Question: Is there a generalized procedure for building a discrete (e.g. binomial) term structure model with risk-neutral branching probabilities that ensure positive probabilities under alternative measures (e.g. real-world, forward)?

Motivation: I'm interested in building a short rate binomial short-rate tree that can support both risk-neutral (for pricing) and real world (for risk analysis) measures. The two sources I have for constructing risk-neutral trees are Shreve: Volume I and Haugh's lecture notes. In both, they use risk-neutral probabilities of 0.5 (calibrating the rate via model parameters to match market prices of ZCB).

By introducing a market price of interest rate risk, one could change the measure from risk-neutral to real-world while using the same lattice of rates. There's a possibility that the market price of risk is large enough to push one of the two branching probabilities to be negative. In such a case, it would make sense to revise the risk-neutral probabilities to be something other than 0.5 such that the calibrated rates permit positive probabilities in the real-world measure as well. This seems needlessly iterative.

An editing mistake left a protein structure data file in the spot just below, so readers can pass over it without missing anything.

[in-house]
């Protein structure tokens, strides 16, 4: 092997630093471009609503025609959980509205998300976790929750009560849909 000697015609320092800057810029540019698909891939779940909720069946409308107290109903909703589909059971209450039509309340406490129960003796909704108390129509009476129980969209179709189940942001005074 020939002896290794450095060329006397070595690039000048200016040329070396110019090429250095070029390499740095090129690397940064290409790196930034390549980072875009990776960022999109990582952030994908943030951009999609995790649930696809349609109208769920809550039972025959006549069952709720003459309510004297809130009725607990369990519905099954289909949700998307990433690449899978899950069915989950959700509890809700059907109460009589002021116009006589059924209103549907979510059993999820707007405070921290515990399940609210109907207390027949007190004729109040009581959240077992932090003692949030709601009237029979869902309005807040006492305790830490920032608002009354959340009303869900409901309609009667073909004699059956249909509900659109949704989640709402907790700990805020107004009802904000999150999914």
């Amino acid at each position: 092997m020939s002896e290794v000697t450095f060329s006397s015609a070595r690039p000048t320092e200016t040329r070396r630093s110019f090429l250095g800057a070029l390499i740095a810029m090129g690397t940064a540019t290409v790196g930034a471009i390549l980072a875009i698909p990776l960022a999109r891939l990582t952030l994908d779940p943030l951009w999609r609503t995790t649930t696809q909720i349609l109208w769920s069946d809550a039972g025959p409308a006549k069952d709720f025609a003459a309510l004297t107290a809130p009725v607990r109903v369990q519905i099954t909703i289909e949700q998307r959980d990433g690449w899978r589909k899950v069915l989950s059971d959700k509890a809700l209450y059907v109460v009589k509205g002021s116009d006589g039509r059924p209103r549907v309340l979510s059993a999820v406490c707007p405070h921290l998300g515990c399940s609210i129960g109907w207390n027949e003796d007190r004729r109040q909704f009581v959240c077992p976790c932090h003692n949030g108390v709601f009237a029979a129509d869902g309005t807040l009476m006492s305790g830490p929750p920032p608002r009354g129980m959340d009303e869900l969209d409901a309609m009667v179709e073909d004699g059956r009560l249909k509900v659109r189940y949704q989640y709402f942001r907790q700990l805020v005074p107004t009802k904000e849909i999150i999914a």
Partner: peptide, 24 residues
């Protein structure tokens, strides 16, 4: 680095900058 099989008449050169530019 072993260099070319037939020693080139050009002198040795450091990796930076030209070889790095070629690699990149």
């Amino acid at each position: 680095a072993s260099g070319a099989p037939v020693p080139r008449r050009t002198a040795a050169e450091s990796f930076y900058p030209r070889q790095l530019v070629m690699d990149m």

Hull & White [2016] introduce something similar to what I am proposing above on their trinomial tree approach. I'd like a simpler binomial model first before I attempt to implement their trinomial model.


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